By Bob Bahr
One morning at the TexArt workshop SKB organized in Kerrville, Texas last May, James Coe led a birding tour through the Kerr Wildlife Management Area. Not surprisingly, the group of artists that joined him spread out far and wide. Most were wildlife artists familiar with birding. But in part because of the wonderfully uncontrollable nature of artists, the group was unwieldy and generally unsuccessful.
Most of the artists gave up and returned to the campus of Schreiner University after an hour or so. The remaining birders stuck close to Coe, followed his lead, and saw the two extremely rare birds that the Kerr WMA is known for: the black-capped vireo and the golden-cheeked warbler.
Some of the artists who left early saw some interesting birds, including a painted bunting and a zone-tailed hawk, but watching the dynamics change when the first group left had me wondering, how do artists go birding differently than birders?
I asked two people who love birds: Coe, the SAA artist and SKBer who wrote and illustrated a field guide for Golden Books, and Kim Diment, an accomplished painter of birds (and other animals) who ironically spent much of the birding morning sketching the birders in action.
Diment, the observer of the observers, is prepared to talk about how artists approach birding. “The artist is going to have a camera, because you are hoping to capture an image of that particular animal,” she notes. “Artists also get excited about the location. A birder is excited to see the bird, put it on the list, maybe document what it was doing.”
It’s impossible to say whether Coe is first and foremost a birder or an artist. He’s watched birds since he was a boy, so maybe he is at heart a birder. Coe acknowledges as much. “If there are birds I haven’t seen before in a location, that overrides everything because I come from that hardcore bird listing background,” he says. “But it can be difficult. When I was in Israel I had a constant conflict. I was seeing new birds, but the whole reason I was there was to collect information for paintings. I was constantly photographing in that case because I was looking for photo reference. When birding, I don’t use the cameras as much. With the camera I was thinking, ‘This is the background for a bird painting.'”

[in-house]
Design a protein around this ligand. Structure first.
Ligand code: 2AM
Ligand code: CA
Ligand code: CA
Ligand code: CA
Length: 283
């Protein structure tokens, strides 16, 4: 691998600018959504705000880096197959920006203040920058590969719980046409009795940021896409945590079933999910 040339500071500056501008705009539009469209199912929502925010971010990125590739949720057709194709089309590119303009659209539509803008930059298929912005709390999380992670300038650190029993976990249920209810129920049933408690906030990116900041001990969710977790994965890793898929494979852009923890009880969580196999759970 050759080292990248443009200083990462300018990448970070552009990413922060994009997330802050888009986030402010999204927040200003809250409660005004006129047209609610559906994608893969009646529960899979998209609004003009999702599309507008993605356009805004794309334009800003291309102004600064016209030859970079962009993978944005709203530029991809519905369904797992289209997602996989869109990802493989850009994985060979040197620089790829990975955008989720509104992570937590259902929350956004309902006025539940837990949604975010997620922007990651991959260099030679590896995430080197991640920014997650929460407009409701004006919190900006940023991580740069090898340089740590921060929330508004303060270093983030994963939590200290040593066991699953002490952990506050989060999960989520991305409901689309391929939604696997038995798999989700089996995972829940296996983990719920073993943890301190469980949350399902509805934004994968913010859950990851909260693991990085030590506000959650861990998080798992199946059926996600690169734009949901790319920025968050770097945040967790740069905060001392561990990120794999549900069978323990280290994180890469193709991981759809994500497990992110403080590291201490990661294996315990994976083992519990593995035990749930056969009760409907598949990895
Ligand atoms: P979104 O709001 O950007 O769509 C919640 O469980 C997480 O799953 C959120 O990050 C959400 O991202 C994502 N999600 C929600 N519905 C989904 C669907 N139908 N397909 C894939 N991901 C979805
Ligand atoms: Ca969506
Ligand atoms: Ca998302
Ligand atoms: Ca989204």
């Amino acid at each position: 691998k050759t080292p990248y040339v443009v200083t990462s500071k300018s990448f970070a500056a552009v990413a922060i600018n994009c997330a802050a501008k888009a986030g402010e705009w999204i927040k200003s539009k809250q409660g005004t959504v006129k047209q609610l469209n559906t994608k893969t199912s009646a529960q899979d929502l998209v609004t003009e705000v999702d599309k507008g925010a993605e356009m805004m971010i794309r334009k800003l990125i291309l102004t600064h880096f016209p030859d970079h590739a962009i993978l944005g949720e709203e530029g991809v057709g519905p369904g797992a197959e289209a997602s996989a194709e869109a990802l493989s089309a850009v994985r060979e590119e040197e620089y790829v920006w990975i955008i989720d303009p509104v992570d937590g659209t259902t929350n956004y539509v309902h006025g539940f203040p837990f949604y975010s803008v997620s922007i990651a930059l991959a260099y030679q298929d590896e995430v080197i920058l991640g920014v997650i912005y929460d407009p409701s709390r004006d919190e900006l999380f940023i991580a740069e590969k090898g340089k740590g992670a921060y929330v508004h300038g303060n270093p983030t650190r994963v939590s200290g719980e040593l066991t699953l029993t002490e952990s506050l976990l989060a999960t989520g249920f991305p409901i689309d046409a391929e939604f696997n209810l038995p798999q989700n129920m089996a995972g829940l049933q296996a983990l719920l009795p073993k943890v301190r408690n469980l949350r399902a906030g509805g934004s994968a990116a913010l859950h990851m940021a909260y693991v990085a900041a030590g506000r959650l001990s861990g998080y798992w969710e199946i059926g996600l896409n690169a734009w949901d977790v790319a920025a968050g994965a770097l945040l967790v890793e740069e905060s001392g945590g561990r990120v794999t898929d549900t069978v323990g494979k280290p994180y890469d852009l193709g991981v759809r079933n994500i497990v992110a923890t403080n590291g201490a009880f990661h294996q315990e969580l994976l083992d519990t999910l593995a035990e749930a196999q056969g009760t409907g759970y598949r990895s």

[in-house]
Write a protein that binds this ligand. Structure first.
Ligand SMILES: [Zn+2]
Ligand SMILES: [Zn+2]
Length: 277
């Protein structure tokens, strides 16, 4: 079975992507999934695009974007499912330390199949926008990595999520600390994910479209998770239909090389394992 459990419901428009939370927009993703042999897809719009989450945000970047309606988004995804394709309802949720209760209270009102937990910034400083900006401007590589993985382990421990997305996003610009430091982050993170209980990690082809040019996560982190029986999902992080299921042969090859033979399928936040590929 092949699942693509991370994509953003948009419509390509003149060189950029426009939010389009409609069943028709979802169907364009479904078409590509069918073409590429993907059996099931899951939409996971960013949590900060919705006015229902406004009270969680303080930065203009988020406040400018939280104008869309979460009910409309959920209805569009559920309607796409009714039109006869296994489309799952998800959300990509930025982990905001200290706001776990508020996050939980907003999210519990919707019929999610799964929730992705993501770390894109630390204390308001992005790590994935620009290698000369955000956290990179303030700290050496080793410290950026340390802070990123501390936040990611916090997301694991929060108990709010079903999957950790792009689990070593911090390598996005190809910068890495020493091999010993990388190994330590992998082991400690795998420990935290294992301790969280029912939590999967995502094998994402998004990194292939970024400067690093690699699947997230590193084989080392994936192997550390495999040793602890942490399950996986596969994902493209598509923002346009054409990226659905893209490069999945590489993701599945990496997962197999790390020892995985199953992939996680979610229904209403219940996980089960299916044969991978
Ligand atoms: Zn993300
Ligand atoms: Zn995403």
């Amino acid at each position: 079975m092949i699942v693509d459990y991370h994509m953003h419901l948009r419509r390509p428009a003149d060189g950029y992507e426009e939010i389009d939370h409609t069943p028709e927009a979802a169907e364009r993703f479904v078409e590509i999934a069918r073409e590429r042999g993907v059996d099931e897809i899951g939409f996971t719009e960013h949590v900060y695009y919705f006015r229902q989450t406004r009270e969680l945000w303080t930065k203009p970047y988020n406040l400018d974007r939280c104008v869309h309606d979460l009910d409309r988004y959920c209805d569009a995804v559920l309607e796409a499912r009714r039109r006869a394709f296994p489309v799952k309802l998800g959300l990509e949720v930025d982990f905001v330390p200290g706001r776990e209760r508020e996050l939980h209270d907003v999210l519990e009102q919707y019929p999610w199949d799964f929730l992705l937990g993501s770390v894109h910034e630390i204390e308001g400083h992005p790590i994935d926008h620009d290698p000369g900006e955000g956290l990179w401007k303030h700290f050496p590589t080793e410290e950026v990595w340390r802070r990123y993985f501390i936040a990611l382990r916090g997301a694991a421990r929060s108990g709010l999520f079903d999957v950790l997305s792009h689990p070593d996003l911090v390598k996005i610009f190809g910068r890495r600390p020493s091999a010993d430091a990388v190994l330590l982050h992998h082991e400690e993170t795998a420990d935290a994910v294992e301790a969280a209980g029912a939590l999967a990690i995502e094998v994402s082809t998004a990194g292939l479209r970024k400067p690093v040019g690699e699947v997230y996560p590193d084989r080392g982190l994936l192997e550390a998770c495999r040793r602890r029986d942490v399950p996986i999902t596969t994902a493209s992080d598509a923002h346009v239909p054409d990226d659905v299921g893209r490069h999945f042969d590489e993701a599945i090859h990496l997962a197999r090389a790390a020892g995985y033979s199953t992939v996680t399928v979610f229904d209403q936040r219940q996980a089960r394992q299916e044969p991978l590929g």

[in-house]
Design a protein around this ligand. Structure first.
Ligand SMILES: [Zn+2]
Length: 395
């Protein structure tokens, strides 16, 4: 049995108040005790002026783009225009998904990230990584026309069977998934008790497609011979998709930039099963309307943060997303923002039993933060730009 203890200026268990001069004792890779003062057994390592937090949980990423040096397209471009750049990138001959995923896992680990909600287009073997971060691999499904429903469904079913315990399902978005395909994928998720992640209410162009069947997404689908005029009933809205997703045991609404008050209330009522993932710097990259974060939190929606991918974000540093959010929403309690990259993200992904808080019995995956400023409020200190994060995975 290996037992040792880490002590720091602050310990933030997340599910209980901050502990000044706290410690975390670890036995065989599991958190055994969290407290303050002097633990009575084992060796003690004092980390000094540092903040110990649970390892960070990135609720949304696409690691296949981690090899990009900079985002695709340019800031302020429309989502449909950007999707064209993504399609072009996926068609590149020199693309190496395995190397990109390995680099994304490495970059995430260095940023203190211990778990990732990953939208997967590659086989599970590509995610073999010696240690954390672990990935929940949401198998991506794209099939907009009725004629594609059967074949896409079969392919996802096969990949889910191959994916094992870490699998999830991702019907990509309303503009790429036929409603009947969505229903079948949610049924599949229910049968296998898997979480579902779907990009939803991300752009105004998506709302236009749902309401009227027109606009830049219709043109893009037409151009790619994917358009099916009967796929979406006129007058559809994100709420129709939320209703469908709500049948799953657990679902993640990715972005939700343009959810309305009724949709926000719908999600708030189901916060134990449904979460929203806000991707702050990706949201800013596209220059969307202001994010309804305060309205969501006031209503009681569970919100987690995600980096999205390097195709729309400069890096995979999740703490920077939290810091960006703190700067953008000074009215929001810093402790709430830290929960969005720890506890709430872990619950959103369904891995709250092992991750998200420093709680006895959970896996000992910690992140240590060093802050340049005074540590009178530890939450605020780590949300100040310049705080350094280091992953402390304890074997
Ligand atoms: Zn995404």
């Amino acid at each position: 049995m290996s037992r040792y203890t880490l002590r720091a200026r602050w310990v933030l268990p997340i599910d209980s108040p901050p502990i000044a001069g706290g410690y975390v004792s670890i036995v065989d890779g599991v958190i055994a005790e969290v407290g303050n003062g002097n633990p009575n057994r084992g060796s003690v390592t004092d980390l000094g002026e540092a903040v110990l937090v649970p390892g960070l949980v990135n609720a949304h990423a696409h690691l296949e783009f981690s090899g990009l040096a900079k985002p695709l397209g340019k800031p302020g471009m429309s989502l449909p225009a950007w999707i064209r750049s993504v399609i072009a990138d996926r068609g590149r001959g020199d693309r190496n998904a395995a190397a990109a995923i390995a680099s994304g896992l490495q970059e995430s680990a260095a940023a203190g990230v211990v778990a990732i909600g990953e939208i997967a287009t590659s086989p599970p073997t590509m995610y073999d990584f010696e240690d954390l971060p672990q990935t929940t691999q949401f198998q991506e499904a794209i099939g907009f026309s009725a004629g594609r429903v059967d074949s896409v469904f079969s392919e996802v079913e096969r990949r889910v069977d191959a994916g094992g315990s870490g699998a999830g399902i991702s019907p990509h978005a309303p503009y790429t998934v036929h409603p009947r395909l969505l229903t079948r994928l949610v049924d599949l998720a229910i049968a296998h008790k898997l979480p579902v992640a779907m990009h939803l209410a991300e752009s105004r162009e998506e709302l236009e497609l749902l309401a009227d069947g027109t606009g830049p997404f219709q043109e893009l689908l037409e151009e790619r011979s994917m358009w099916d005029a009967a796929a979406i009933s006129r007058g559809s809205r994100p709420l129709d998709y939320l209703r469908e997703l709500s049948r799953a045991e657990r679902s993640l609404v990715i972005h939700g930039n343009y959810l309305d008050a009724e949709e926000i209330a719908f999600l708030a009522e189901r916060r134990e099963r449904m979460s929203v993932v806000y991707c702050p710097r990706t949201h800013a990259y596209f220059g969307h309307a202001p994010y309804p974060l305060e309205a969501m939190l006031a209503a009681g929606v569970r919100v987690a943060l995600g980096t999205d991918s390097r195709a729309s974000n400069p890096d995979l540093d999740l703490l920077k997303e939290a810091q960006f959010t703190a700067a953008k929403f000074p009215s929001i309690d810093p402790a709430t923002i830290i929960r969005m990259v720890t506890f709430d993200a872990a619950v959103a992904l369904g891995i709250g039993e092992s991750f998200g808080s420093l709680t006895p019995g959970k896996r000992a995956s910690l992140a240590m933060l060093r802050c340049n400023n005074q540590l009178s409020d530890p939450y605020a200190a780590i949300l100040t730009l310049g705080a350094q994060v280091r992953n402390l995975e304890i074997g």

Diment concurs. “The artist will record information around the bird,” she says. “I know the vegetation will be in my painting later. These aesthetics make it more interesting, so people will enjoy seeing the painting. When I’m doing a painting, I am always concerned about lighting and color, so I try to get photos of a bird in great light. I am going to sit and wait and wait until I see the gorget on the hummingbird to make it more exciting in the painting.”
The birder is interested in a bird’s behavior, but the artist needs to learn the bird’s behavior in order to accurately depict it.
“Each bird is a unique life form,” Coe says. “Its behavior is unique, or it’s similar to its relatives, and you pay attention to that. I am always thinking about things like how it tilts its head. I’m trying to get to know the bird.
“Ultimately if I end up painting that bird, that is the information I have to recall,” he continues. “If you don’t know the birds and you only work from photographs it can really throw you off. The camera can catch something that is not typical. You could pick a photo you like and it would not be a typical pose for that bird. It would not express the character of that bird, and is not a piece of reference that could help you. I see that a lot, when artists use their photographs to do a bird painting and they are trying to figure out how to position the legs. If you haven’t watched a bird for a while to see its central balance and how it pivots on its foot, it will not look natural. That only comes from watching over time. You have to look at lots of references to get a feel for a bird. The best scenario is when you have one individual bird from one session seen from several angles or in several poses.”
What’s Coe’s pro tip on doing this field work? “Put out a friggin feeder and watch how the birds move, how they stand, how they lean over. That’s how you get to know birds, by watching them in a crash course.”
Both Coe and Diment say that the way to be a better birder and a better bird artist is to put in the time and effort and watch them. “I have a history and know most birds,” says Diment, “but when I see something for the first time, I follow it and follow it and learn a lot—just by following the bird around. Then I research it; I find out all I can know about it. Then I will be able to show the behavior of this particular bird and also its habitat. That is the more scientific part of a good wildlife artist. The setting should be flattering to the bird, and you should also show some interesting behavior by the bird.”
For Diment, the art isn’t just for art’s sake. It’s also for the bird’s sake. “If I can get sketches of this beautiful bird and then develop a painting of it, other people may see the bird in a show, a magazine, etc.,” she says. “That will publicize it more than a birder can do. Also, if it is an endangered species, it may put that animal in the public’s mind and it may help the animal. Maybe make other people intrigued about its beauty, and what it does. Maybe it is an unusual behavior that gets them, like the woodcock’s mating ritual, or how it cares for its babies. It’s about bringing the outdoor world into exhibitions and museums—indoors–and exposing it to more people.” Ω